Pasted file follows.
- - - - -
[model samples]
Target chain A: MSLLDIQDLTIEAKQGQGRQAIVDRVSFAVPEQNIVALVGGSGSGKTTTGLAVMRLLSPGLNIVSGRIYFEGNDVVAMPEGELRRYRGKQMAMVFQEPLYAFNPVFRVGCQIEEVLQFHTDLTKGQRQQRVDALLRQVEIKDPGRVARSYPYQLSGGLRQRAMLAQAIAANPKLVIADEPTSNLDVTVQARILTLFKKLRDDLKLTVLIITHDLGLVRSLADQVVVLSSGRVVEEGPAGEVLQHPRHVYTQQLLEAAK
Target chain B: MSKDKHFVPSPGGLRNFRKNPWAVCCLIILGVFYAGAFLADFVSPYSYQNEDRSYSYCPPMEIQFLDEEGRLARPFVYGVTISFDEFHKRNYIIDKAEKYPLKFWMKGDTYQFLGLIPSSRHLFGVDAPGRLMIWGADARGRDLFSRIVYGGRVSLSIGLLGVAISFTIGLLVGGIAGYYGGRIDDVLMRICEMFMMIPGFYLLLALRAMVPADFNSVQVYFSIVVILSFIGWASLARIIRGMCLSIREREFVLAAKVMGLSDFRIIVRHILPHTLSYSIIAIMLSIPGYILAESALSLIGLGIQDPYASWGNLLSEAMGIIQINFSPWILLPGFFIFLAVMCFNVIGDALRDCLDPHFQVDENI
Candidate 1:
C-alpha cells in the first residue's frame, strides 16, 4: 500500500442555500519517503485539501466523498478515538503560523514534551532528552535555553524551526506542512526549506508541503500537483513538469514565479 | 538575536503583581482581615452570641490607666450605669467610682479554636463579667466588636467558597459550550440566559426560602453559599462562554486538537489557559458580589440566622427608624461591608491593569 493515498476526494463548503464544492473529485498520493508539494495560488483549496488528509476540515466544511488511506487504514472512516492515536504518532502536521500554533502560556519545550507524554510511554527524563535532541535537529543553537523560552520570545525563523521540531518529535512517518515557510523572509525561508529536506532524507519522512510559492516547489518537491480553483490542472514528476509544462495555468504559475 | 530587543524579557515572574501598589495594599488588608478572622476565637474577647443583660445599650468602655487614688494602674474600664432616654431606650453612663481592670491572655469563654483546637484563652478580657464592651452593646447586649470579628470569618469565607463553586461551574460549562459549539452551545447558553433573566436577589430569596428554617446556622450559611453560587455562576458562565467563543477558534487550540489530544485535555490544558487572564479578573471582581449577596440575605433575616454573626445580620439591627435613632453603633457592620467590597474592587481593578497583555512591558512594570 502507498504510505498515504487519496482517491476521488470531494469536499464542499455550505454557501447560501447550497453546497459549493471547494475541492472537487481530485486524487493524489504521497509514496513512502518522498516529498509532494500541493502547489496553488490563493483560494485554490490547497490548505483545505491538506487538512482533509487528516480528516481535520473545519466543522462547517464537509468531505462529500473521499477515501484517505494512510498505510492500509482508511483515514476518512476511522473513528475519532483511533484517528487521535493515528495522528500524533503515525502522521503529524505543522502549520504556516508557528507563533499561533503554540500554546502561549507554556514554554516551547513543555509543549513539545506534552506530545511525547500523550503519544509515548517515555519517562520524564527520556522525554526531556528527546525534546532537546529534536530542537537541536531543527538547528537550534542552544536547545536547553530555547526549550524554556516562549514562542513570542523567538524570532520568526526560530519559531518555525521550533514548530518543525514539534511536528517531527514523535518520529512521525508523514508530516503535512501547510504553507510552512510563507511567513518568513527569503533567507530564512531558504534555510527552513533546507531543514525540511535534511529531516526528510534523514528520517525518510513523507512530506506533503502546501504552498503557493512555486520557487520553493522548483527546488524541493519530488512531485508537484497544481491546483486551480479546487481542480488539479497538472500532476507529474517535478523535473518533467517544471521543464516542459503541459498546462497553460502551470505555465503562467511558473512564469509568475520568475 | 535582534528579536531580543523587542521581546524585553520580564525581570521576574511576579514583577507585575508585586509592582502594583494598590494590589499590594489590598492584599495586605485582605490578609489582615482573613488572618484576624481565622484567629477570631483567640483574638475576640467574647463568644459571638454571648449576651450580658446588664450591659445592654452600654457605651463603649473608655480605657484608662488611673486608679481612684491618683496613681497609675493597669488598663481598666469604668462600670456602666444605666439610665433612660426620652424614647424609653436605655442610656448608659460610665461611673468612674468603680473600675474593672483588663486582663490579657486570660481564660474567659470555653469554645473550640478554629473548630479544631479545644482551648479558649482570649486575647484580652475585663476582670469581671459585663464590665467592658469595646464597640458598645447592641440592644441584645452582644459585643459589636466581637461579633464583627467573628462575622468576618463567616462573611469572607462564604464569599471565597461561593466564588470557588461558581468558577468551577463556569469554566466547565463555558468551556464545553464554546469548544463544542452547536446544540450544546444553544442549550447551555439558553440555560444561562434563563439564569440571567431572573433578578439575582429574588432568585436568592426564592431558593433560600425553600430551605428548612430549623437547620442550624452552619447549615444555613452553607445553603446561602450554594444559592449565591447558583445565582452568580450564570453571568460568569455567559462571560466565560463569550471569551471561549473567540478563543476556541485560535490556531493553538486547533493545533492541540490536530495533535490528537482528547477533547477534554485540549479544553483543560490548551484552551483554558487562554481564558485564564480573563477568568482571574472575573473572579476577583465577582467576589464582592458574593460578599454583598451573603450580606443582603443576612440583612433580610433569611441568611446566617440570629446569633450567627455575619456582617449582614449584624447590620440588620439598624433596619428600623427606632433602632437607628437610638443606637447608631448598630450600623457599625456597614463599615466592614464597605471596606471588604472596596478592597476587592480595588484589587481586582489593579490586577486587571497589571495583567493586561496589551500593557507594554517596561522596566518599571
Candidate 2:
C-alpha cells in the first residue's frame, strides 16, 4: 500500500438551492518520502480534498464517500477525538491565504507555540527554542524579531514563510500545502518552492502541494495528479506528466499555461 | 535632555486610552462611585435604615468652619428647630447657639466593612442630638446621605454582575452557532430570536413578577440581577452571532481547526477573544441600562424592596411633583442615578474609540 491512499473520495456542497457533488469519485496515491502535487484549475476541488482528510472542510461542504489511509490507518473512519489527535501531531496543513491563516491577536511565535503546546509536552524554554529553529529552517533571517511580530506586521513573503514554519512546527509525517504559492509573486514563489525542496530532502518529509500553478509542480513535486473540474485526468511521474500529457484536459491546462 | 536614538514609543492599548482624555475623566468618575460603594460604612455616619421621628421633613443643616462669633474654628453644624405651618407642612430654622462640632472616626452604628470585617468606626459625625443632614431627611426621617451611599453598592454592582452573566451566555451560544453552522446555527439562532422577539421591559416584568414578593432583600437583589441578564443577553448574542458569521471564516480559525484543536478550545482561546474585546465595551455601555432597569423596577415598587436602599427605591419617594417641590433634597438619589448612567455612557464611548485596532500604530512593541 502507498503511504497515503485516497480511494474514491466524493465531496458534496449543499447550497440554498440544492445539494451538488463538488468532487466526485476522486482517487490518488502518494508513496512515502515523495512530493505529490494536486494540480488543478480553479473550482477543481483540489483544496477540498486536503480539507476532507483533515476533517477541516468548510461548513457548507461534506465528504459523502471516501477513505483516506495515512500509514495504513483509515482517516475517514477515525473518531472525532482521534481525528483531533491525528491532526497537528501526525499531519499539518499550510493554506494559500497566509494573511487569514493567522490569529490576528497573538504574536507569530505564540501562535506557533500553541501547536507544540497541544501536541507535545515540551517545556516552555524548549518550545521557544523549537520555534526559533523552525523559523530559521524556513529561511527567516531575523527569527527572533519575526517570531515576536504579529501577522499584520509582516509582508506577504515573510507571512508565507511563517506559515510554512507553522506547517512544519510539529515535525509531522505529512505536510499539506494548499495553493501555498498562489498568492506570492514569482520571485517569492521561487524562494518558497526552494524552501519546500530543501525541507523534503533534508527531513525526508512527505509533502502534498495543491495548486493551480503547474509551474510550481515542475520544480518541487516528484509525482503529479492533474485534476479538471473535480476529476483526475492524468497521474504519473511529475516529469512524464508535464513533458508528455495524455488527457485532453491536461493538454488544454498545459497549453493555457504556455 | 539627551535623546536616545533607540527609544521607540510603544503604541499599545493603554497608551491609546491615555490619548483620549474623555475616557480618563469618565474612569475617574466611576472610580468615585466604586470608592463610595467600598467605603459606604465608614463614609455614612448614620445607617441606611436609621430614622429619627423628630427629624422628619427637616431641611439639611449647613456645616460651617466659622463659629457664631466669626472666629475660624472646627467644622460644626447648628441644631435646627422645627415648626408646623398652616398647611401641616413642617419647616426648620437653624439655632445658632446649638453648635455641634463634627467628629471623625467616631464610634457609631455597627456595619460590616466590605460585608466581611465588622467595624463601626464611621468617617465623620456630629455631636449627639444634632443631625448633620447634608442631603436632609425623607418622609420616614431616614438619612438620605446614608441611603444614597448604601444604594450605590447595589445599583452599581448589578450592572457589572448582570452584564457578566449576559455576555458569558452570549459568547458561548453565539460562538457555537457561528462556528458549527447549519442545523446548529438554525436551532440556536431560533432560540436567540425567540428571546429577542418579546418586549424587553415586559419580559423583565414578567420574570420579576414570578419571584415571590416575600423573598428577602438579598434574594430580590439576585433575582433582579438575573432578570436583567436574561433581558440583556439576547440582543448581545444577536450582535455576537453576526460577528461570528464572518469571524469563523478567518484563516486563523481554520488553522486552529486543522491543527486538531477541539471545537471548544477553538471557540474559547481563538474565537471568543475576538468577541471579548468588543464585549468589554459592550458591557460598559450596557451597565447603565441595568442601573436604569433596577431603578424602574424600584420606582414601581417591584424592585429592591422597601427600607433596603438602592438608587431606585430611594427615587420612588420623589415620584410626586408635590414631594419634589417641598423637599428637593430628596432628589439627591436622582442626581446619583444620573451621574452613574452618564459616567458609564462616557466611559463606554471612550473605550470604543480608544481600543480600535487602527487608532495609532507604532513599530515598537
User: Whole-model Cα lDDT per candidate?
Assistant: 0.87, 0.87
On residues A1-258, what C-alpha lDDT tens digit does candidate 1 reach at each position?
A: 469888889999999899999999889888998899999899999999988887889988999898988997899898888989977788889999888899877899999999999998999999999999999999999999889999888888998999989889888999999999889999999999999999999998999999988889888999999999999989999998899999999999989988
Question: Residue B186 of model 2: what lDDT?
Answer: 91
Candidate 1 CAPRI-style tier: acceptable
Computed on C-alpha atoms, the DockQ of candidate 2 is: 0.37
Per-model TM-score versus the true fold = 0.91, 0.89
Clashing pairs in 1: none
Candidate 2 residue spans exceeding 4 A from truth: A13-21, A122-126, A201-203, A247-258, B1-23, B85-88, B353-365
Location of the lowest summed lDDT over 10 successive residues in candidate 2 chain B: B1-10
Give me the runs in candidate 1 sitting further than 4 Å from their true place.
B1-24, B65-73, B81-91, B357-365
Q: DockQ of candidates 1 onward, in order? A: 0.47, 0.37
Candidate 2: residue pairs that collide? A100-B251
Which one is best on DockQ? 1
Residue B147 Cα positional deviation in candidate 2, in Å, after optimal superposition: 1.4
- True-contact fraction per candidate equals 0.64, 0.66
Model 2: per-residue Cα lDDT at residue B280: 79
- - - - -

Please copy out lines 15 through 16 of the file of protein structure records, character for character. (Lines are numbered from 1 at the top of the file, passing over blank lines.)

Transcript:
Computed on C-alpha atoms, the DockQ of candidate 2 is: 0.37
Per-model TM-score versus the true fold = 0.91, 0.89